Eseye’s technology connects industrial, vending, banking and smart city customers globally, but how well does it work in practice? Well enough for even the most challenging environments and for eWaterPAY and Eseye to win the Global Mobile Awards 2018 for the Outstanding Mobile Contribution to the United Nations Sustainable Development Goals.
Eseye has enabled entrepreneurs to deliver a new business model for the provision of freshwater to remote villages in developing countries. The business problem lies in remote villages, where there is no clean water supply and children have to walk to the local bottling plant to get water. Then they carry it home in plastic cans on their heads. All of which means the kids’ schooling is interrupted because they’re too busy carrying water.
Companies and NGOs have been putting taps into remote villages as, although there may not be springs or wells, often there are aquifers beneath the villages in Africa. There’s water available and, using grants, engineers can put in a tap. This will work for a while, says Eseye’s CEO, Nick Earle, but if there’s ever a problem and the pump or tap needs maintenance there’s no money to pay.
Here’s the business model. There’s a small plastic disk equipped with RFID tag. You put a small amount of money on the disk by holding it against your mobile phone – African network operators lead the world in providing mobile money and payment services. Tap users touch the RFID tag against the water charging unit for a small affordable fee and water is dispensed.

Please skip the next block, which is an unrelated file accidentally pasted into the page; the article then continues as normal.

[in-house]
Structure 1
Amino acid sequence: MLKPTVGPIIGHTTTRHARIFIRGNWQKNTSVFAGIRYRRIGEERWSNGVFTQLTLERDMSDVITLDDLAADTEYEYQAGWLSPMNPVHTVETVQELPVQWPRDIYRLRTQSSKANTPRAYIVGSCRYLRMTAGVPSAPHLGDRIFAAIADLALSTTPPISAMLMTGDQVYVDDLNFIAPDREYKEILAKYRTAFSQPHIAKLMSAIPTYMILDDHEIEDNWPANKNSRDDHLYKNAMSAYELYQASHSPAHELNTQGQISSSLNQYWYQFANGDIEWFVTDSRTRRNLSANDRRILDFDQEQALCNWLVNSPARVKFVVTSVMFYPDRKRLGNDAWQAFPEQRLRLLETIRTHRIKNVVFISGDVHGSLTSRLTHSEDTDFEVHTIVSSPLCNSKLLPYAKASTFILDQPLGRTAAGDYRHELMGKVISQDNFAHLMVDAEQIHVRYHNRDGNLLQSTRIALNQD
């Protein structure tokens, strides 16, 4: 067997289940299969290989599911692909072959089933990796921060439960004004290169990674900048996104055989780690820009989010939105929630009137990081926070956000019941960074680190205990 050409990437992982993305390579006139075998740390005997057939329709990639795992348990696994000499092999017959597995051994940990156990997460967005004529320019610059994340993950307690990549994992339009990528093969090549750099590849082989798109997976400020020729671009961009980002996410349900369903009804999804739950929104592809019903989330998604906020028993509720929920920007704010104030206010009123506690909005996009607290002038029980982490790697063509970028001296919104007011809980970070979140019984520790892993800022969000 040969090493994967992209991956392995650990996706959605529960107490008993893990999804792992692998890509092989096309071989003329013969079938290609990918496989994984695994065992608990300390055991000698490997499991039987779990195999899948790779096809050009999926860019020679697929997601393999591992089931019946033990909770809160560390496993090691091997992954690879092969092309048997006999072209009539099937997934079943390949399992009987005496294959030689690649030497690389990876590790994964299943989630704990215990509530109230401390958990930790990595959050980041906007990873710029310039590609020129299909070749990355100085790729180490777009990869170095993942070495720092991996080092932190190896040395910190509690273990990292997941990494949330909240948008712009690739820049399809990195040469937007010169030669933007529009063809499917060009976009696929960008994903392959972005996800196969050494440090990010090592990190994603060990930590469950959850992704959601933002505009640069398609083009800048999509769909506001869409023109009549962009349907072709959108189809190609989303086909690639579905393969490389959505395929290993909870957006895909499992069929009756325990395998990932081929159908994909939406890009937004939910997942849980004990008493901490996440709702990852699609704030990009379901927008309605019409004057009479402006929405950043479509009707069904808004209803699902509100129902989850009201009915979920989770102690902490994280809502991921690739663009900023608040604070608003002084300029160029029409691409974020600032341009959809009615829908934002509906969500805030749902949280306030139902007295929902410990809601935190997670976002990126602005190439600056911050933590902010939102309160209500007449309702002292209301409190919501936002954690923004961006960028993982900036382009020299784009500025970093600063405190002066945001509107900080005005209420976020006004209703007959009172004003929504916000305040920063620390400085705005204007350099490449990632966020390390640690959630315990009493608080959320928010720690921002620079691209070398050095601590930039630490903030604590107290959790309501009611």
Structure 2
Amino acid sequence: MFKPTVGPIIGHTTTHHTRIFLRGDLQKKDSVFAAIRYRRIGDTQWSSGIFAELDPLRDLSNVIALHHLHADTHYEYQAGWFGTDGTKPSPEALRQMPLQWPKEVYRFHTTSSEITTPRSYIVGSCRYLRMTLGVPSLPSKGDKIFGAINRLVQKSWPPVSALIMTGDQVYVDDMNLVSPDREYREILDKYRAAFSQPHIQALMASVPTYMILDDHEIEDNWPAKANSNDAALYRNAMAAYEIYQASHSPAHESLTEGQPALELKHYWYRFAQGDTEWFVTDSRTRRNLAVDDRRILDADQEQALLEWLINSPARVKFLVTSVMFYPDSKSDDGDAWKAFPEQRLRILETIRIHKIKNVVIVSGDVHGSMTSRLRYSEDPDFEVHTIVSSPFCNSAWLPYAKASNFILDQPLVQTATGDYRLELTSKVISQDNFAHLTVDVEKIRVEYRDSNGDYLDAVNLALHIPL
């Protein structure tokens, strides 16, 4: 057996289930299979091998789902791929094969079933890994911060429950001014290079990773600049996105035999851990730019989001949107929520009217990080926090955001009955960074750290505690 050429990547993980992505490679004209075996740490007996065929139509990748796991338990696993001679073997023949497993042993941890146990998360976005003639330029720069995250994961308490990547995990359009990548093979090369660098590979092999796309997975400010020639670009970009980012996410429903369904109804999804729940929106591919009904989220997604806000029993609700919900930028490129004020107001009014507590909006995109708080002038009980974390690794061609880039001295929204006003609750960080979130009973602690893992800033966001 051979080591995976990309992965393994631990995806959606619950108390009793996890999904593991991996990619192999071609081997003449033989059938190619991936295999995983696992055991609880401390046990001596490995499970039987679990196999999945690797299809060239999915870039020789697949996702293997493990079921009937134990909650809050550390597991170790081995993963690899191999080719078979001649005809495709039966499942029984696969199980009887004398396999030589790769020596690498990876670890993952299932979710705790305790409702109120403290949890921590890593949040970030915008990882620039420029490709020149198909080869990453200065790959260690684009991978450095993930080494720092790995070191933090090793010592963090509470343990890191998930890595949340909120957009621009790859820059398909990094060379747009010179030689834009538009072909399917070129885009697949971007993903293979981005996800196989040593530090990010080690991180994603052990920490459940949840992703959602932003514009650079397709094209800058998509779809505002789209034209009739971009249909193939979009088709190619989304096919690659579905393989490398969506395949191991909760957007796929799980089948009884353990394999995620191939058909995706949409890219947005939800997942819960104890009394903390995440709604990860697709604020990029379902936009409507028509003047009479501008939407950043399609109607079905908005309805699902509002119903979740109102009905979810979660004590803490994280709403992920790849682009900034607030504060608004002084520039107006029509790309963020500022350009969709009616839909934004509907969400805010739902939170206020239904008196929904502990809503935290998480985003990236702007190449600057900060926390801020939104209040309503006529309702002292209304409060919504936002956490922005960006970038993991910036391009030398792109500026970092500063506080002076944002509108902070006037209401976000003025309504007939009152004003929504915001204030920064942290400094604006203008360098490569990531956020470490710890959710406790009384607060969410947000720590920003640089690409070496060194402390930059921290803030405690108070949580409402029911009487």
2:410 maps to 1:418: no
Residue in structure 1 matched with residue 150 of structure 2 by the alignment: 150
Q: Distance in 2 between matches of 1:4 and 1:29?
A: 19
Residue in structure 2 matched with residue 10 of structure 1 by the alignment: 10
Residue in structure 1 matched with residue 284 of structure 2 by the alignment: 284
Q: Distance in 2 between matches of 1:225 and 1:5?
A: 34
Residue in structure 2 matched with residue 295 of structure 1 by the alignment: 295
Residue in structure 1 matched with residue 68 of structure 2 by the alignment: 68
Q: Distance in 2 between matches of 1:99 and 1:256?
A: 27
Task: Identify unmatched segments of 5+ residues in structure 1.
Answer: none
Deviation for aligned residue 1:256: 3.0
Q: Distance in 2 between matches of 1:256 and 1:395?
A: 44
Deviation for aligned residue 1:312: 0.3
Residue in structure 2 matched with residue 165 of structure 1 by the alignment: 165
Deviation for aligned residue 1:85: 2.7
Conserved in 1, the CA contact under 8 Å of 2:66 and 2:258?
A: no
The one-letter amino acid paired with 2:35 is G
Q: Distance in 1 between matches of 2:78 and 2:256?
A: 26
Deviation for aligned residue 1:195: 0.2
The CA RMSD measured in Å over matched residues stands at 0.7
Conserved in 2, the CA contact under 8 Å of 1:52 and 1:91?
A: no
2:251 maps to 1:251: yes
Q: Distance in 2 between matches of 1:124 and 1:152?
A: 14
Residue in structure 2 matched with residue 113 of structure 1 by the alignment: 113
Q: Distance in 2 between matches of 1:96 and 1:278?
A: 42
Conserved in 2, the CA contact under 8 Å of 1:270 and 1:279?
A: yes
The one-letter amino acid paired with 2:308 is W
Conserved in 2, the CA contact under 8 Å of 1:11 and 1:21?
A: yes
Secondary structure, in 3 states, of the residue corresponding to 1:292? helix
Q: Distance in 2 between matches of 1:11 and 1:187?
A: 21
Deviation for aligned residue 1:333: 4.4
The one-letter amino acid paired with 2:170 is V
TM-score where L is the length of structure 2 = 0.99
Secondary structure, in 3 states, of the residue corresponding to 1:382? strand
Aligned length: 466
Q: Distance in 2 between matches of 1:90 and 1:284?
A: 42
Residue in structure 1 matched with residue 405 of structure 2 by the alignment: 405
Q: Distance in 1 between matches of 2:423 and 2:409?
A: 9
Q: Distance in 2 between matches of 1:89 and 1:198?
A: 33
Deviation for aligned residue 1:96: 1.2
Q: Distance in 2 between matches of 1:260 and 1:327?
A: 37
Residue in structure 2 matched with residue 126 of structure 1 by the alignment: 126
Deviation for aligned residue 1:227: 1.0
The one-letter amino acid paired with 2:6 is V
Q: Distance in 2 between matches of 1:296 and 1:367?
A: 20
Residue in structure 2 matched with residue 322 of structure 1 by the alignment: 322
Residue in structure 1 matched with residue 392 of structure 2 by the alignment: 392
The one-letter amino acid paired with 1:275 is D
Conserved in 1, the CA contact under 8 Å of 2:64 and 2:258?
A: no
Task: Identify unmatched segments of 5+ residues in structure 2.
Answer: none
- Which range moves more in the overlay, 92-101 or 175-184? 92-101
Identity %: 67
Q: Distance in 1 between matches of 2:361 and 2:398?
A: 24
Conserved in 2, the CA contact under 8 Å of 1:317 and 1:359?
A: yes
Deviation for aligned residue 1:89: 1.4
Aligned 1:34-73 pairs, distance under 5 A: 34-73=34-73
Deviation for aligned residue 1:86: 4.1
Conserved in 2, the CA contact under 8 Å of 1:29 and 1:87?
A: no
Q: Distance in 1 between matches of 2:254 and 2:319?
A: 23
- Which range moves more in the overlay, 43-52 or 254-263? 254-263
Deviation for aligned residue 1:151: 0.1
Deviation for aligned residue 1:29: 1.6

The children can go to school, and the revenue enables the tap to be continuously maintained. Because it is connected to the cellular network, the tap use is monitored, and if there is a failure a locally employed engineer can be sent.
Eseye created the APIs. From the AWS portal eWaterPAY can see if the taps are working or not. They train a network of engineers who can repair all the taps in the surrounding area. They alert them about any failure and they can be paid for making the repair. Micro payments are funding water distribution and helping children go to school. Much the same now applies for solar energy generation in parts of Africa. Eseye is helping to deliver water and electricity to hundreds of thousands of people in Africa, using ubiquitous IoT micro payments through mobile money applications. Once again the technology is there, it’s about finding the right business model.